Introduction to EDUC210
Introduction to EDUC210 EDUC210
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This 3 page Class Notes was uploaded by Erika Marini on Wednesday February 24, 2016. The Class Notes belongs to EDUC210 at University of Delaware taught by Professor Adrian Pasquarella in Spring 2016. Since its upload, it has received 8 views. For similar materials see BEGINNING LITERACY INSTRUCTION in Education and Teacher Studies at University of Delaware.
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Date Created: 02/24/16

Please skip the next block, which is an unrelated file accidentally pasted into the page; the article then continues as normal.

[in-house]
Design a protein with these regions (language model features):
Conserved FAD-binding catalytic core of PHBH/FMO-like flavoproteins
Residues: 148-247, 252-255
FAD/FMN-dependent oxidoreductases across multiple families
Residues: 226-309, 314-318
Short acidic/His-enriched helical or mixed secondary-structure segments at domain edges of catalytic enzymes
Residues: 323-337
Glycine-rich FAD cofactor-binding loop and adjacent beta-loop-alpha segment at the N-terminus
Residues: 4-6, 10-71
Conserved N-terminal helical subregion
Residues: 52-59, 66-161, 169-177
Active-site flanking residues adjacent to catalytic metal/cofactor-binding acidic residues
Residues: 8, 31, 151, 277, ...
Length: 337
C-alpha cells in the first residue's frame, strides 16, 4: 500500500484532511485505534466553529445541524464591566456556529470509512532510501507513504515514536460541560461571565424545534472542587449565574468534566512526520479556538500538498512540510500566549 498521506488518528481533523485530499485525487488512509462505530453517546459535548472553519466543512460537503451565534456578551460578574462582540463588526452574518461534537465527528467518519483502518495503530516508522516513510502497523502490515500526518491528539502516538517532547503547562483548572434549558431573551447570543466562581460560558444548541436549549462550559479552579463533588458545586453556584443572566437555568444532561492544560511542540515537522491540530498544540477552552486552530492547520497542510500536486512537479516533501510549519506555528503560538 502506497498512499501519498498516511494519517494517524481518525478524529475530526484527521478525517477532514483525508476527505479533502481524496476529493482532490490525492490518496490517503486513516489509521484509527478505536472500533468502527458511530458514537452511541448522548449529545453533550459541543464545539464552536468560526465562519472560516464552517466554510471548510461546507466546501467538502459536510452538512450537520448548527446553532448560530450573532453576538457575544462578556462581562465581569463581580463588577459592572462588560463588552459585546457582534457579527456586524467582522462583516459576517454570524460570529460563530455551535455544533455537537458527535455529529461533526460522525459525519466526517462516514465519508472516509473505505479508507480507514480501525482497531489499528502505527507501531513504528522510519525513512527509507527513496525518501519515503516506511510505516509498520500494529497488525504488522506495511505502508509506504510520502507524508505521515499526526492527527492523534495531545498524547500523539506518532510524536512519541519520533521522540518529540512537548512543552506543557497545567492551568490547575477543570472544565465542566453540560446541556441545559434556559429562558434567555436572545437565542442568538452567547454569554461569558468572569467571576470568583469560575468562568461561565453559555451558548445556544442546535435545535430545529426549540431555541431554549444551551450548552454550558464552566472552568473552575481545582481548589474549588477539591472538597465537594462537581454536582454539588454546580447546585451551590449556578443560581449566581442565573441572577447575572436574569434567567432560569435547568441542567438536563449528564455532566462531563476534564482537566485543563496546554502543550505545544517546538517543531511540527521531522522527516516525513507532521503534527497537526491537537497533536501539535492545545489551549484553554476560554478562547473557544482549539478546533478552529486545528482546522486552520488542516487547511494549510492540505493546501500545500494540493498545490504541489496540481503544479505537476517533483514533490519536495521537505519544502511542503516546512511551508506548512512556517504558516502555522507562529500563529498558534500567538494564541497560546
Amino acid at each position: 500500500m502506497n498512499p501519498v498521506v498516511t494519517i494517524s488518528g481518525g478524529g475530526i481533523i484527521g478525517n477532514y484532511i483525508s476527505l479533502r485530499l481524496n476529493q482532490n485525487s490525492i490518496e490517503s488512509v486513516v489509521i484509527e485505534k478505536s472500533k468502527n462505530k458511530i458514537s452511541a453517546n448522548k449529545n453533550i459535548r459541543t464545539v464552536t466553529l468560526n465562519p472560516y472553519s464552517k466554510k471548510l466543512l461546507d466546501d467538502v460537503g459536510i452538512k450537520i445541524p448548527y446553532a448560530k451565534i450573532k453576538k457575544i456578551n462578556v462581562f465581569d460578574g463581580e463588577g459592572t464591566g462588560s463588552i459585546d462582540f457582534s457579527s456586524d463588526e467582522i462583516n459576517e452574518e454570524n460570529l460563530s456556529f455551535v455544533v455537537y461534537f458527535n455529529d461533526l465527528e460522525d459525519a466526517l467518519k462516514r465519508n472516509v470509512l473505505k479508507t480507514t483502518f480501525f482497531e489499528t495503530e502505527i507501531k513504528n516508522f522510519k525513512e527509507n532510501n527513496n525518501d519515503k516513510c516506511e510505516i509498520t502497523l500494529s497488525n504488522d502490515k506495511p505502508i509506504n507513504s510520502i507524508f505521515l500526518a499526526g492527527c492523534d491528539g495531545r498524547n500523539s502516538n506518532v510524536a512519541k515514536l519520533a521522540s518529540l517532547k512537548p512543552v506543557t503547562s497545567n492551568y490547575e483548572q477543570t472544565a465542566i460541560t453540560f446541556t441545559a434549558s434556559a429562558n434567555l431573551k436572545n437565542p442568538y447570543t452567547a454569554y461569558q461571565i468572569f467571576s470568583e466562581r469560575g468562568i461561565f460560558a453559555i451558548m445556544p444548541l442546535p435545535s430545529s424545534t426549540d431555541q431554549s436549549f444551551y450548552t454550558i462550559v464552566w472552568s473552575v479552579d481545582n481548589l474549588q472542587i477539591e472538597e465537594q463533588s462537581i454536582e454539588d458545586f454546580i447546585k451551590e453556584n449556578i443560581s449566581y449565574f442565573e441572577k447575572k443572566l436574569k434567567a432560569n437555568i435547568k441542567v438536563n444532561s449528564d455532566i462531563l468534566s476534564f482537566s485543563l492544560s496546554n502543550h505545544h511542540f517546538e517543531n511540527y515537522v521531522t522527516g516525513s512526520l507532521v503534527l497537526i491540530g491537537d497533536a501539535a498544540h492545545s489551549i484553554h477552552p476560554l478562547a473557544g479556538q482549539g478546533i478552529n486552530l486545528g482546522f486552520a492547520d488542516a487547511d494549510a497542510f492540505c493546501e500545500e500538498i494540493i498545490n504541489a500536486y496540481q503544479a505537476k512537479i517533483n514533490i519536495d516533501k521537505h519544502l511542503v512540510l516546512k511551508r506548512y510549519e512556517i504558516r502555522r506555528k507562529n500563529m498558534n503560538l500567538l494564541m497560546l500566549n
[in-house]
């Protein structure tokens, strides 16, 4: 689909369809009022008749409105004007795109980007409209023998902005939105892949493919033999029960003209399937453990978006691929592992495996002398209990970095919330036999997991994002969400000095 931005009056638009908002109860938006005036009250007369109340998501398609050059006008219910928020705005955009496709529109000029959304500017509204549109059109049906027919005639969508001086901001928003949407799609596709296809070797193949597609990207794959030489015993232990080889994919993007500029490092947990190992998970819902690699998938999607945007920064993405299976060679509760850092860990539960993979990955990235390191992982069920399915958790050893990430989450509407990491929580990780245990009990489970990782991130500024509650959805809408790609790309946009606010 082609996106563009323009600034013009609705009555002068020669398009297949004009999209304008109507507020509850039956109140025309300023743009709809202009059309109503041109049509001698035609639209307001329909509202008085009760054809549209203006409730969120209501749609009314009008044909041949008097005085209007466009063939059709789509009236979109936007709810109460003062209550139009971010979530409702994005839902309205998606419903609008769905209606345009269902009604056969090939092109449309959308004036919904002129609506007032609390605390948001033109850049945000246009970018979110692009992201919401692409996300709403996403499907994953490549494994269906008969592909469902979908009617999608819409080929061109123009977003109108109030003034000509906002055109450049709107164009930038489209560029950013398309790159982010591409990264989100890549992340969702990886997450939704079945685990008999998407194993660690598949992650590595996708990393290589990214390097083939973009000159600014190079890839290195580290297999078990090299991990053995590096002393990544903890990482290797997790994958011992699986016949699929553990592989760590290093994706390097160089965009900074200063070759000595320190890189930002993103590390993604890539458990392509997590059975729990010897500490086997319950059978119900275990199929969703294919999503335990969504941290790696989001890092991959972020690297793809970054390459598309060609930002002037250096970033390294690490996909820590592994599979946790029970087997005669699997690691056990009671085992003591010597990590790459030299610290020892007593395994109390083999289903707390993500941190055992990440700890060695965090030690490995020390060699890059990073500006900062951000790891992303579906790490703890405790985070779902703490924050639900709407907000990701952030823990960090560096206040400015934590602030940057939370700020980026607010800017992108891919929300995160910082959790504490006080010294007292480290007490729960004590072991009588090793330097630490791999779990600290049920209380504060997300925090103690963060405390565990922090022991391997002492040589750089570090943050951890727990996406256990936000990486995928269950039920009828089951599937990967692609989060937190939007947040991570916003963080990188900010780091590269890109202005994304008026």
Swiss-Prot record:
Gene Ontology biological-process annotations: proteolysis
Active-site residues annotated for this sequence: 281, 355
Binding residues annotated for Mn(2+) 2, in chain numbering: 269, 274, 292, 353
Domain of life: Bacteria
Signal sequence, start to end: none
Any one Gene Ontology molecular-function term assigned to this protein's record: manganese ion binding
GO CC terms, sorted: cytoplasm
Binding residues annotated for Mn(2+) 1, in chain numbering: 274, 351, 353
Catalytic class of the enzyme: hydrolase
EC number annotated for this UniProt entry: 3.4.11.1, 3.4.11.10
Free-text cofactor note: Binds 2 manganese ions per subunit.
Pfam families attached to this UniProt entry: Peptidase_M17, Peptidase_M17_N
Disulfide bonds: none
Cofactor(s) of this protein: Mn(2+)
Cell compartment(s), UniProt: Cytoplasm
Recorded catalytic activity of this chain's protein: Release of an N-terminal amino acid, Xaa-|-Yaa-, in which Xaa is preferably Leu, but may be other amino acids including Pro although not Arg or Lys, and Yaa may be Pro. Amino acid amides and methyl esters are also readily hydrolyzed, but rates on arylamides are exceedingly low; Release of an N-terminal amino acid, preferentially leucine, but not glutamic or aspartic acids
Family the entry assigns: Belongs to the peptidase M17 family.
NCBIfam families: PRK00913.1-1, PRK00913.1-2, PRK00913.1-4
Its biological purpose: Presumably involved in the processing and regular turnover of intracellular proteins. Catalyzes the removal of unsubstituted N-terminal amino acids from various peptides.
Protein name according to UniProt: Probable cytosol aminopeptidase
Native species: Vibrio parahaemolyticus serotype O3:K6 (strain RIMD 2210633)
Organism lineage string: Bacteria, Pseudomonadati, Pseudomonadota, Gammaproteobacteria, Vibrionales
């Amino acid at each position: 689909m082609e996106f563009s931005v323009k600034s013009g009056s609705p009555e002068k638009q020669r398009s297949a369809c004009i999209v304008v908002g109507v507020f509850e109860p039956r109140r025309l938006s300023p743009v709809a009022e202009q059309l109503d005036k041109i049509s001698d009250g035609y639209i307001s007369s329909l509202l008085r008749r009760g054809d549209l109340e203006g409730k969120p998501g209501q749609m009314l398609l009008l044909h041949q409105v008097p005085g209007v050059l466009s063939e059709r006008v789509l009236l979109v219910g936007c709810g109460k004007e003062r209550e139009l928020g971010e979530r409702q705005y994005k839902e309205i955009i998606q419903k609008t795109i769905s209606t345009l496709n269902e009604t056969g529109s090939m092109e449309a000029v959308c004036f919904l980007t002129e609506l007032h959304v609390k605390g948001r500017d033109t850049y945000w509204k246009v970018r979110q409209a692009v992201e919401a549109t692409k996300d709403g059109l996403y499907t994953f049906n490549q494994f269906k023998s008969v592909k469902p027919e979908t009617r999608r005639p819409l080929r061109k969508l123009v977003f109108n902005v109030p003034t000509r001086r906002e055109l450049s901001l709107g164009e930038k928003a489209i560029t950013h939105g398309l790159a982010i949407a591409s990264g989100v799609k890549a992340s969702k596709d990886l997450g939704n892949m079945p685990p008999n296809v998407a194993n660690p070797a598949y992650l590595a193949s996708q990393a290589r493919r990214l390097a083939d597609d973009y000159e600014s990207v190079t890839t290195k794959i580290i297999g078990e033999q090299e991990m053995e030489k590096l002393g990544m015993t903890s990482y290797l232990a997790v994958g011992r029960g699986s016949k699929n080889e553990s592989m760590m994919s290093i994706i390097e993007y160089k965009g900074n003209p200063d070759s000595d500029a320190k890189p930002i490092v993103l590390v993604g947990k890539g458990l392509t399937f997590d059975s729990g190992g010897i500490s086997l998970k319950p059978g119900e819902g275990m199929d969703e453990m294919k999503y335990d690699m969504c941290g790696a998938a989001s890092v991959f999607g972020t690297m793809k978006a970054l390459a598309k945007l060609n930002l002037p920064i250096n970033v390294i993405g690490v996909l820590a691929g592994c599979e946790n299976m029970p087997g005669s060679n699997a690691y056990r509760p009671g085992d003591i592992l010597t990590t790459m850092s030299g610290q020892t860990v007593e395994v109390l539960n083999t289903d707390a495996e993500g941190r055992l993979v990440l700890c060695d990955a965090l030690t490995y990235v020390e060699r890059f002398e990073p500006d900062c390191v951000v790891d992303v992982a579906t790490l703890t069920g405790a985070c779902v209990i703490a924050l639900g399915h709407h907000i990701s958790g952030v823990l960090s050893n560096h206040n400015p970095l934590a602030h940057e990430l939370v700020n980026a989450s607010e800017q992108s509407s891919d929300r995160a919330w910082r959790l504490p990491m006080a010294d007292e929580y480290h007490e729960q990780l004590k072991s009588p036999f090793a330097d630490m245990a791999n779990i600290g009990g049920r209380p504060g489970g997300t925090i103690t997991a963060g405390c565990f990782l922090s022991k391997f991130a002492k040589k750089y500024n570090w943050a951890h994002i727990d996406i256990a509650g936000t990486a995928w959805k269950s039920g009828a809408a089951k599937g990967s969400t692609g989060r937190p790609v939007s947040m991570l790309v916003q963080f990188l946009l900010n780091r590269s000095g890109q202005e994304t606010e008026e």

EDUC210 02/10/2016 ▯ 2 major themes Why is literacy important? o So we can communicate with each other o Future career occupational and job skill training o Self-esteem (low) academic self concept causes you to engage and persistence in difficult situations o Preparing the next generation/children Based off of mother’s education** What skills do children need to read? o Comprehension Sounds of the letters Memory Long term Retention Recall Short term/working memory Decoding/ Word Recognition Letter knowledge Sight words Blend them together understand mapping Goal at young age is to make them fast decoders (automaticity) Vocabulary Meaning of the words Semantics Morphology Roots Suffixes Syntactic context Genre Study Purpose o The reason you are leaning to teach children to read is so that they can read on their own! o You need to learn something about the different types of books that build literacy during the PK-2nd grade years Outcomes o Long-term A sense of purpose in creating your own classroom library over time with attention to multiculturalism, gender portrayal and genre, A clear sense of the relationship between text features and content and text use in instructions o Short-term Ability to categorize books by their genre (including on test) Association of [articular genres with the specific practices of shared reading, small-group reading, and interactive read aloud Genre o A type of book with distinguishing features. It is possible to have a specific genre of book represented in any one of the formats described previously o Your job is to keel track of distinguishing features of each of the types of books you need to use in instruction Instructional context (KNOW FOR EXAMS) o Interactive read aloud There is only one copy of the book. The teacher has it and read the text, explaining and questioning. Students listen and participate, building knowledge of all types. Interactive read aloud are harder than what children read in shared and guided reading o Shared Reading This is accomplished either with a Big Book or with a classroom selection. Either way, students can see the book. The teacher is sharing the reading with students by having them chime in or read chorally. Students build concepts about print, word recognition, and fluency. o Small Group Reading Differentiated instruction based on kids performance This is a smaller reading group, suing a little book or a trade chapter book. The students are grouped by ability and the teacher sits with them as they read and discuss together. Students build word recognition and fluency ▯ Wordless Books Defining characteristics o no words o a story represented in pictures, with some sequence of events Variations o May be fantasy or realistic fiction Instructional uses o Used for shared “reading” o Used as a writing prompt for older children A format of a book not a genre because you can make it into anything ▯ ▯